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Directed by Edwin L. Marin
Starring Randolph Scott, Jane Wyatt, J. Carrol Naish, Victor Jory, Nancy Olson

First, Scott, Marin and producer Nat Holt gave us Canadian Pacific (1949). It’s not as good as the second picture, but I’m looking forward to seeing its Cinecolor in high-definition.

Thanks to Mike Kuhns and Vitaris for the tips.

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Directed by Fred F. Sears
Produced by Wallace MacDonald
Story and Screen Play by David Lang
Director Of Photography: Fred Jackman, Jr., ASC
Film Editor: Jerome Thoms, ACE
Music Conducted by Mischa Bakaleinikoff

Cast: Bill Williams (James Kingston), Richard Jaeckel (Lee Parker), Alex Montoya (Joaquin Jironza), Movita (Rosita), Adelle August (Ann Parker), Tex Ritter (Traeger), Ray ‘Crash’ Corrigan (Hank Calvin), Ray Teal (Sgt. Tim O’Roarke), Don G. Harvey (Donald Tex McGuire), James Griffith (Abraham Lincoln), Clayton Moore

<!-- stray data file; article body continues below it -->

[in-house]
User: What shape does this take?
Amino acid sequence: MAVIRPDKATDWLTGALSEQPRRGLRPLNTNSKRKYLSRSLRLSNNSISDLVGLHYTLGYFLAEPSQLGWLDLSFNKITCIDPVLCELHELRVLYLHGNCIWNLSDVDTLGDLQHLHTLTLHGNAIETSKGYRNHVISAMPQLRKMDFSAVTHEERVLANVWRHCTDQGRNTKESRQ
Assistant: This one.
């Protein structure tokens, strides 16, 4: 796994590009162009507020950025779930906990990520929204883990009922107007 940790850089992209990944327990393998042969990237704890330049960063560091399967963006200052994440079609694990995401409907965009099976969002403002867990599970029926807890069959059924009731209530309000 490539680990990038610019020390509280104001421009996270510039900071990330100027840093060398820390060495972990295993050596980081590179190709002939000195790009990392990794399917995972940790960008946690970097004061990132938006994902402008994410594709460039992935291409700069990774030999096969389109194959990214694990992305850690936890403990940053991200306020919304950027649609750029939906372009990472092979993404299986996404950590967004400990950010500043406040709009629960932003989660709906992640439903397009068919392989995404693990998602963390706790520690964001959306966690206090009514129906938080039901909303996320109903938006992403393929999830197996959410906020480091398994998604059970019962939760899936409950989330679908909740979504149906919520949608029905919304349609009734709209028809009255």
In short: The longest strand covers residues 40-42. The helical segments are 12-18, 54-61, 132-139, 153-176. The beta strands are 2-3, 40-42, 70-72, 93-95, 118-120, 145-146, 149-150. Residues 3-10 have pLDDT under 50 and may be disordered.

Fred F. Sears’ Fury At Gunsight Pass (1956) really knocked me out, and I was eager to move on to his Apache Ambush (1955), again written by David Lang.

It opens in Washington, D.C., in April 1865, as Bill Williams, Ray Teal and Don G. Harvey meet with President Lincoln (James Griffith). There are cattle in Texas and hungry people in Kansas, and the president asks the men to drive the cattle north.

Griffith as Abe3

Abraham Lincoln (James Griffith): “I wish we could talk longer, but I promised to visit Ford’s Theater this evening.”
James Kingston (Bill Williams): “Hope you enjoy the show, sir.”
Abraham Lincoln: “I’m sure I will.”

To this basic cattle drive plot, Lang’s script adds a wagon train, Mexican bandits, the Apaches of the title, a stampede, a bitter Confederate veteran and a shipment of Henry repeating rifles (and let’s not forget Lincoln’s assassination). All of that in less than 70 minutes.

Apache Ambush LC (1)

Apache Ambush doesn’t rise above its budget the way Fury At Gunsight Pass does. While Fury is tight and focused, Ambush seems to take on too many things. (And it never tops the Griffith/Lincoln opening.) But you are left with the opportunity to spend a little over an hour with a top-notch 50s Western cast and crew.